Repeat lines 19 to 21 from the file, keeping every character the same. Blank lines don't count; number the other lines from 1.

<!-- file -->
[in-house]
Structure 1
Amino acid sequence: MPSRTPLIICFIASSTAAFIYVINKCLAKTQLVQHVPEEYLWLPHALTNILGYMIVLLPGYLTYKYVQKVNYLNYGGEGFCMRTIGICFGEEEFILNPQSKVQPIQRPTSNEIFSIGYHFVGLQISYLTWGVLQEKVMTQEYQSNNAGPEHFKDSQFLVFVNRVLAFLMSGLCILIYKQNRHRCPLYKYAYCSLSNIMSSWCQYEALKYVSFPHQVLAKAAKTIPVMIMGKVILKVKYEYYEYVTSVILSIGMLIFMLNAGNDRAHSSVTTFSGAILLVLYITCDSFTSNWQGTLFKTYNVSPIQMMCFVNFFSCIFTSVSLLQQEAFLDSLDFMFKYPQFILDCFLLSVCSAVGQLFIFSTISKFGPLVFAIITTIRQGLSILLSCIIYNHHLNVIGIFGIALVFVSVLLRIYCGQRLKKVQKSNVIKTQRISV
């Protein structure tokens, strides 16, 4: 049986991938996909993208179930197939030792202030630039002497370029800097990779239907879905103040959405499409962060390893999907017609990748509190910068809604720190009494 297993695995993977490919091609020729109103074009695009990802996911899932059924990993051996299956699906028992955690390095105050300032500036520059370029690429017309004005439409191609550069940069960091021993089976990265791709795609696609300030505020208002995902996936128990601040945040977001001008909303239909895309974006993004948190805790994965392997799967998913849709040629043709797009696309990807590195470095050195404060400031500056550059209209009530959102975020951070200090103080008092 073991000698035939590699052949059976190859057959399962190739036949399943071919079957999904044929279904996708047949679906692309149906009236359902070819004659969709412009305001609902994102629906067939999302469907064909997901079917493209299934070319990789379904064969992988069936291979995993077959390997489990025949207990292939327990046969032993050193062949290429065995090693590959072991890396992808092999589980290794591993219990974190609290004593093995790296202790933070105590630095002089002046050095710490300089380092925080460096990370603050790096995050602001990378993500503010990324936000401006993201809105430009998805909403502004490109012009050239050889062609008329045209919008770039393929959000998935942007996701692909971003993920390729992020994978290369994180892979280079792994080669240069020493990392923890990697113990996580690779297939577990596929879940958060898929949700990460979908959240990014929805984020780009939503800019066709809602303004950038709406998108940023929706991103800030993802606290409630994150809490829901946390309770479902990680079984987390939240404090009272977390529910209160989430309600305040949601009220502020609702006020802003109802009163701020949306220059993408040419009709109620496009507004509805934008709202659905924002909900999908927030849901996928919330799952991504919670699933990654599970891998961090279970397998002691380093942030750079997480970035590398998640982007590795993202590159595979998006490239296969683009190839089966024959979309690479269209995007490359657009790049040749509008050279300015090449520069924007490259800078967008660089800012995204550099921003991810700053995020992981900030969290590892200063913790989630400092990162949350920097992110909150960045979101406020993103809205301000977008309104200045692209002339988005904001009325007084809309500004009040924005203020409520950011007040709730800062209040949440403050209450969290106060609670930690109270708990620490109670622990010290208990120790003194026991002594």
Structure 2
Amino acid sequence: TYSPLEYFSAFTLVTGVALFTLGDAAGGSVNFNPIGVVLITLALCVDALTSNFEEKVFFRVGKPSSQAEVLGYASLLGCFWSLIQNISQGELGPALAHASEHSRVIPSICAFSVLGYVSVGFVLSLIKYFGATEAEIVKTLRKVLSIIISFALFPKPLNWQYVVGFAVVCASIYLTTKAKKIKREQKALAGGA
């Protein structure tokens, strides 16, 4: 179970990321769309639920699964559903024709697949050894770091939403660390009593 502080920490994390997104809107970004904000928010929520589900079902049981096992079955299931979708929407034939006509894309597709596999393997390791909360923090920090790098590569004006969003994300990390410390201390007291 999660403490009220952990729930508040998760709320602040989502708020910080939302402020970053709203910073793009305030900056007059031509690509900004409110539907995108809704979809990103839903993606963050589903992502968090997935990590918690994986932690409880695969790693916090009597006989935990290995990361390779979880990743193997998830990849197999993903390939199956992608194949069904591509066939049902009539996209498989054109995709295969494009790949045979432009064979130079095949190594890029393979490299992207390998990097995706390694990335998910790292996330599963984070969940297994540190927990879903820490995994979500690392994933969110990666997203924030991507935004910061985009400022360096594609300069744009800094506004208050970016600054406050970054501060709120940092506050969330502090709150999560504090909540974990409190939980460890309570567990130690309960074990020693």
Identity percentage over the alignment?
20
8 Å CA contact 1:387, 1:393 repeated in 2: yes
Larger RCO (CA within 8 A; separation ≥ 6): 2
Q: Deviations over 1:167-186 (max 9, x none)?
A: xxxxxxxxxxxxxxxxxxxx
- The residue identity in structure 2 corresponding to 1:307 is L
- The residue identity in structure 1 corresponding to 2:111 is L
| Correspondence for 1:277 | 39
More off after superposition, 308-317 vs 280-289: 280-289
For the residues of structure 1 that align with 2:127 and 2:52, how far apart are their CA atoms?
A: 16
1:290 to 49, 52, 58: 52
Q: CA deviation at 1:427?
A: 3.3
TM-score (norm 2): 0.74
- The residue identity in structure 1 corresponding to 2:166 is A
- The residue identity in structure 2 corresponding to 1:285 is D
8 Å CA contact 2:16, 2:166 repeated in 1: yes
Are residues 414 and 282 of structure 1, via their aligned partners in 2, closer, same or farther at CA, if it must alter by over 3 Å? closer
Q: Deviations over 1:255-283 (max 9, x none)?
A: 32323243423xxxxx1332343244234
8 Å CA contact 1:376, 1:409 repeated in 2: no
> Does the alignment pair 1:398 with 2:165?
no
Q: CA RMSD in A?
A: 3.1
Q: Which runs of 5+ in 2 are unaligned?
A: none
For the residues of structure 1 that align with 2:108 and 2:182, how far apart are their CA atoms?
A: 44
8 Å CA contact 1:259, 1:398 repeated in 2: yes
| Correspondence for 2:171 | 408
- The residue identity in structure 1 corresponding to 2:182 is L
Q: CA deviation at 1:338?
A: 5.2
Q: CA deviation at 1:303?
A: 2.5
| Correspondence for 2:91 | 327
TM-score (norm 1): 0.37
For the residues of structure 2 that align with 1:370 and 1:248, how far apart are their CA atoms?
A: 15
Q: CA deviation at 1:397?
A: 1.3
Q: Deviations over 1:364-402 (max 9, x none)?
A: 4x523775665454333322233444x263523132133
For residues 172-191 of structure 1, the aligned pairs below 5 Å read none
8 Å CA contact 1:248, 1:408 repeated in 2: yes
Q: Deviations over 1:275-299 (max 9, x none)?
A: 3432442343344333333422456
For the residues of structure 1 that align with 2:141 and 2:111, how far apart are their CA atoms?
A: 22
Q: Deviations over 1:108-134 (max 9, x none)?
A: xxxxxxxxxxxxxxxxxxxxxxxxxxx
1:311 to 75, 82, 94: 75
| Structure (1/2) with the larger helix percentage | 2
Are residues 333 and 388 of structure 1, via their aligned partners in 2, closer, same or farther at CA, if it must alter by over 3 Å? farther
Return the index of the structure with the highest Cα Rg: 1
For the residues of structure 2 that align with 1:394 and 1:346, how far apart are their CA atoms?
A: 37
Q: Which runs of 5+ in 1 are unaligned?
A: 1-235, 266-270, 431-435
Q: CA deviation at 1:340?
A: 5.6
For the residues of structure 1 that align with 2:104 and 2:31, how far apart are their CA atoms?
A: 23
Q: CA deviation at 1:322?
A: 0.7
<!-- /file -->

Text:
A: 16
1:290 to 49, 52, 58: 52
Q: CA deviation at 1:427?